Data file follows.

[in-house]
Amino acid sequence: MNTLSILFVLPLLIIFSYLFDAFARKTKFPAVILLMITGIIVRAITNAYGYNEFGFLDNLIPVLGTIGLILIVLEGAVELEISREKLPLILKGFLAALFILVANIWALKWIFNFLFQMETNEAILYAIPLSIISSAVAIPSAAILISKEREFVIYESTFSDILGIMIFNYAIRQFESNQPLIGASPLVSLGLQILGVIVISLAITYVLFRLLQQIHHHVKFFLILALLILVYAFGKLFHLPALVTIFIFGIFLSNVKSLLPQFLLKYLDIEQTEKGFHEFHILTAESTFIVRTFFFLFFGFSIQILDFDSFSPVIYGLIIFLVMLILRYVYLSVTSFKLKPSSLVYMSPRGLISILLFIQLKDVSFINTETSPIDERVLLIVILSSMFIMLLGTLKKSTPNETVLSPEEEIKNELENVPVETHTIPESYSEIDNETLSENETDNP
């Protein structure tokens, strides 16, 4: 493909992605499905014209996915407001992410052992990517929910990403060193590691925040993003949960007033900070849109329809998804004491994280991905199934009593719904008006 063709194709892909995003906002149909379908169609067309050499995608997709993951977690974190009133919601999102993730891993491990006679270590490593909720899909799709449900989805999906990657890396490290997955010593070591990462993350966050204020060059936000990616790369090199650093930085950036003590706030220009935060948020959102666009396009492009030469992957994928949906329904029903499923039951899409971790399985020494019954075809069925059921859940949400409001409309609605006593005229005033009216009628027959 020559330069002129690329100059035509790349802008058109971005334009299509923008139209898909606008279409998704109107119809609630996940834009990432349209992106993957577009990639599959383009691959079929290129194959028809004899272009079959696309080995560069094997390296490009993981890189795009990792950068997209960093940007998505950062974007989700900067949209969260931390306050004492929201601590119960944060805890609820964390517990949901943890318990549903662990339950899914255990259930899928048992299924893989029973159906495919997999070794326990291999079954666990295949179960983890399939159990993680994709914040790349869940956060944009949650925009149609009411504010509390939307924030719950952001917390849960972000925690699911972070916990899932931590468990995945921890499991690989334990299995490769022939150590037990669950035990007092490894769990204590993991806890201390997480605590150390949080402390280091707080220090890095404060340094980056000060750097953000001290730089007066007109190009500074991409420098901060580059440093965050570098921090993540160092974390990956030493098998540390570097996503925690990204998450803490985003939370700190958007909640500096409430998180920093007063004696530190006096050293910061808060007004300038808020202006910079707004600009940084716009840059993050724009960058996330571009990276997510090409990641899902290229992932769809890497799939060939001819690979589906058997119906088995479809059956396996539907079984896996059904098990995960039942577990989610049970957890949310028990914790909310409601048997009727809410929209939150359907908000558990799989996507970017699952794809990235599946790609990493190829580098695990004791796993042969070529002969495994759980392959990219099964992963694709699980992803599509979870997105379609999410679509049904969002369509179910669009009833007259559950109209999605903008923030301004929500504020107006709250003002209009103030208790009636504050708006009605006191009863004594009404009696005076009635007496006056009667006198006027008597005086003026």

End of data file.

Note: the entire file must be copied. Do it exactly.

[in-house]
Amino acid sequence: MNTLSILFVLPLLIIFSYLFDAFARKTKFPAVILLMITGIIVRAITNAYGYNEFGFLDNLIPVLGTIGLILIVLEGAVELEISREKLPLILKGFLAALFILVANIWALKWIFNFLFQMETNEAILYAIPLSIISSAVAIPSAAILISKEREFVIYESTFSDILGIMIFNYAIRQFESNQPLIGASPLVSLGLQILGVIVISLAITYVLFRLLQQIHHHVKFFLILALLILVYAFGKLFHLPALVTIFIFGIFLSNVKSLLPQFLLKYLDIEQTEKGFHEFHILTAESTFIVRTFFFLFFGFSIQILDFDSFSPVIYGLIIFLVMLILRYVYLSVTSFKLKPSSLVYMSPRGLISILLFIQLKDVSFINTETSPIDERVLLIVILSSMFIMLLGTLKKSTPNETVLSPEEEIKNELENVPVETHTIPESYSEIDNETLSENETDNP
């Protein structure tokens, strides 16, 4: 493909992605499905014209996915407001992410052992990517929910990403060193590691925040993003949960007033900070849109329809998804004491994280991905199934009593719904008006 063709194709892909995003906002149909379908169609067309050499995608997709993951977690974190009133919601999102993730891993491990006679270590490593909720899909799709449900989805999906990657890396490290997955010593070591990462993350966050204020060059936000990616790369090199650093930085950036003590706030220009935060948020959102666009396009492009030469992957994928949906329904029903499923039951899409971790399985020494019954075809069925059921859940949400409001409309609605006593005229005033009216009628027959 020559330069002129690329100059035509790349802008058109971005334009299509923008139209898909606008279409998704109107119809609630996940834009990432349209992106993957577009990639599959383009691959079929290129194959028809004899272009079959696309080995560069094997390296490009993981890189795009990792950068997209960093940007998505950062974007989700900067949209969260931390306050004492929201601590119960944060805890609820964390517990949901943890318990549903662990339950899914255990259930899928048992299924893989029973159906495919997999070794326990291999079954666990295949179960983890399939159990993680994709914040790349869940956060944009949650925009149609009411504010509390939307924030719950952001917390849960972000925690699911972070916990899932931590468990995945921890499991690989334990299995490769022939150590037990669950035990007092490894769990204590993991806890201390997480605590150390949080402390280091707080220090890095404060340094980056000060750097953000001290730089007066007109190009500074991409420098901060580059440093965050570098921090993540160092974390990956030493098998540390570097996503925690990204998450803490985003939370700190958007909640500096409430998180920093007063004696530190006096050293910061808060007004300038808020202006910079707004600009940084716009840059993050724009960058996330571009990276997510090409990641899902290229992932769809890497799939060939001819690979589906058997119906088995479809059956396996539907079984896996059904098990995960039942577990989610049970957890949310028990914790909310409601048997009727809410929209939150359907908000558990799989996507970017699952794809990235599946790609990493190829580098695990004791796993042969070529002969495994759980392959990219099964992963694709699980992803599509979870997105379609999410679509049904969002369509179910669009009833007259559950109209999605903008923030301004929500504020107006709250003002209009103030208790009636504050708006009605006191009863004594009404009696005076009635007496006056009667006198006027008597005086003026």